• I agree. The picture is certainly ironic — a boy listening to headphones larger than his head. But then… out comes the copyright gun… AIMED AT A CHILD! (noting that the parent [ISP subscriber / account holder] ends up being the one sued).

          The reason I agree that it is better to blur the gun is that your focus is on the boy [and his family]. If the gun was in-focus, then it would look as if you are the copyright troll yourself taking a first person (FPS) view of the boy who you are about to shoot.

  4. One more thing I forgot to touch on, the $35 payment option. Really?! Do they think the American people are stupid and that some of us will not see right through that? Honestly now, if anybody decided to fight a notice, are they going to actually win that argument and get their notice taken away?? What a about a reimbursement for their ‘win’ if it went in their favor?. No. Like it said in the post, YOU ARE GUILTY NO MATTER WHAT! This is nothing more than a blatant slap to the face.

    • No its $35 to contest the notice, to make sure that people are serious in contesting it.
      You get to pick 1 of a limited set of answers and then the arbitrator looks at it and makes an “impartial” decision.
      Their list of answers claims nothing made since 1929 can be in the public domain.

      They leave so many questions and dark corners in the system, if this was all sunshine and ponies and they weren’t stacking the deck they would put everything out on the table.

  5. Gee this story is gaining some ground online… maybe some people will actually poke a congresscritter into action over it.

    • Its an election year after all which is always an opportune time to get in a politicos face. They all pretend to listen but whether they receive is another matter.

  6. Are there any firms that are sueing copyright trolls in class action lawsuits that we can sign up for? There must be something we can get these trolls on. Horrible due process, false accusations via IP address or other unidentifiable connection. Im sure there’s some way to rack up fraud charges on these jackasses? Some petition for class action suits? ANyone knows of such a thing shoot me an email ASAP please.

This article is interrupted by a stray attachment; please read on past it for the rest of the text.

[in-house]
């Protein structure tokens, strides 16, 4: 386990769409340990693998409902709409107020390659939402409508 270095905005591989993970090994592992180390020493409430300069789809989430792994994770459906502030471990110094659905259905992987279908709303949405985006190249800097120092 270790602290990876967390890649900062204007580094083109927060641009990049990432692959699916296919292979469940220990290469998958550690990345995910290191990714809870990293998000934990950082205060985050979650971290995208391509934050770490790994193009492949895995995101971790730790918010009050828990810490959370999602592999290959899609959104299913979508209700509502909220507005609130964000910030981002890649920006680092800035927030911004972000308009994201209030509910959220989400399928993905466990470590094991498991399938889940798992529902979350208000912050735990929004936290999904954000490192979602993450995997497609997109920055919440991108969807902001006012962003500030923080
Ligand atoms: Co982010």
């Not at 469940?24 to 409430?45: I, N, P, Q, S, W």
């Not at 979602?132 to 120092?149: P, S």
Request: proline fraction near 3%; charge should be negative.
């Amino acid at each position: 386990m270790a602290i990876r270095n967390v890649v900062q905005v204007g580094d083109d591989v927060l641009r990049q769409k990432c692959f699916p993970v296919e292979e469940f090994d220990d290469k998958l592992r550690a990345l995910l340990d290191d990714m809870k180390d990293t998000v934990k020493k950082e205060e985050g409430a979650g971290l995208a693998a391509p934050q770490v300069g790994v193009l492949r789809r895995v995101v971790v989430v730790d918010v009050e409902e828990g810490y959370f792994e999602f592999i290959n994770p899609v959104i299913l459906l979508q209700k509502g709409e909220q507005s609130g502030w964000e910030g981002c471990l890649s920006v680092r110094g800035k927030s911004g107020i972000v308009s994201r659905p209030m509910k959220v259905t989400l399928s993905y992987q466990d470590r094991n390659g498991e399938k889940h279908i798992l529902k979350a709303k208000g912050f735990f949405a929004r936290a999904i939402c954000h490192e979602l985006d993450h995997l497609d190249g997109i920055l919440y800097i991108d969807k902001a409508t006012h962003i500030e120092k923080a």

• Not for 6 strikes… yet.
      On the upside after refusing to comment, the head of CCI has said they will be getting an expert to verify the review done by Stroz was accurate. Not heard who has been selected yet, but CCI trying to downplay a firm paid $600,000+ to lobby for the RIAA as being able to remain impartial was funny. What they didn’t want to cover is that Stroz was going to be kept on and paid to keep checking the system is working “properly”.

      • Well of course they’ll keep Stroz on the payroll, LOL. They’ll loose face otherwise. Problem is with elections around the corner they’re hard pressed to find political backing. That and the fact that they’ve lost profits isn’t good for them. If the CCI and RIAA have another large flop like SOPA, and Im sure they will LOL….they’re’s gonna be a blood bath and the firms will scatter! LMFAO. And yeah you saw it! – “they’re’s” – Have you ever seen a more creatiful backwoods hick slang word in your life!? LMFAO Well I like this website alot and I feel like Im staying very informed about these trollers since my last 2 “threat emails” from Charter, lol.

        • Just make sure with Charter your actually dealing with Charter and not them forwarding a DMCA notice from another group. There is a lawfirm who send sout DMCA notices, offers to settle for a small amount and if you TRY to settle then they threaten a massive $150,000 lawsuit that they are willing to settle for a few thousand.

          The sad thing is they contracted with Stroz to vette the system as being accurate, and to keep monitoring it. So to fire Stroz would result in a lawsuit from Stroz even thou material facts were kept from the people signing (supposedly).

  7. Well it’s still laughable, because one day Stroz will get ahold of the wrong guy, or girl.. and have a REAL lawsuit on his hands. Next step, class action on Charter, and uh….yeah chalk up another bankruptcy boys. Can’t believe they’re still around after 2 of those!

    • Stroz is not doing the IP capture, they are just saying the system is perfect and infallible.
      This entire system is setup to allow the **AA’s and the ISPs to act as their own little extrajudical system… while wrapping it up as an “education program” it is wholesale corporations making laws and giving out punishments on nothing but accusations with no hearings, courts, or having to provide evidence.

  8. An outstanding share! I’ve just forwarded this onto a colleague who had been conducting a little homework on this. And he actually ordered me lunch simply because I discovered it for him… lol. So allow me to reword this…. Thanks for the meal!! But yeah, thanks for spending the time to discuss this matter here on your internet site.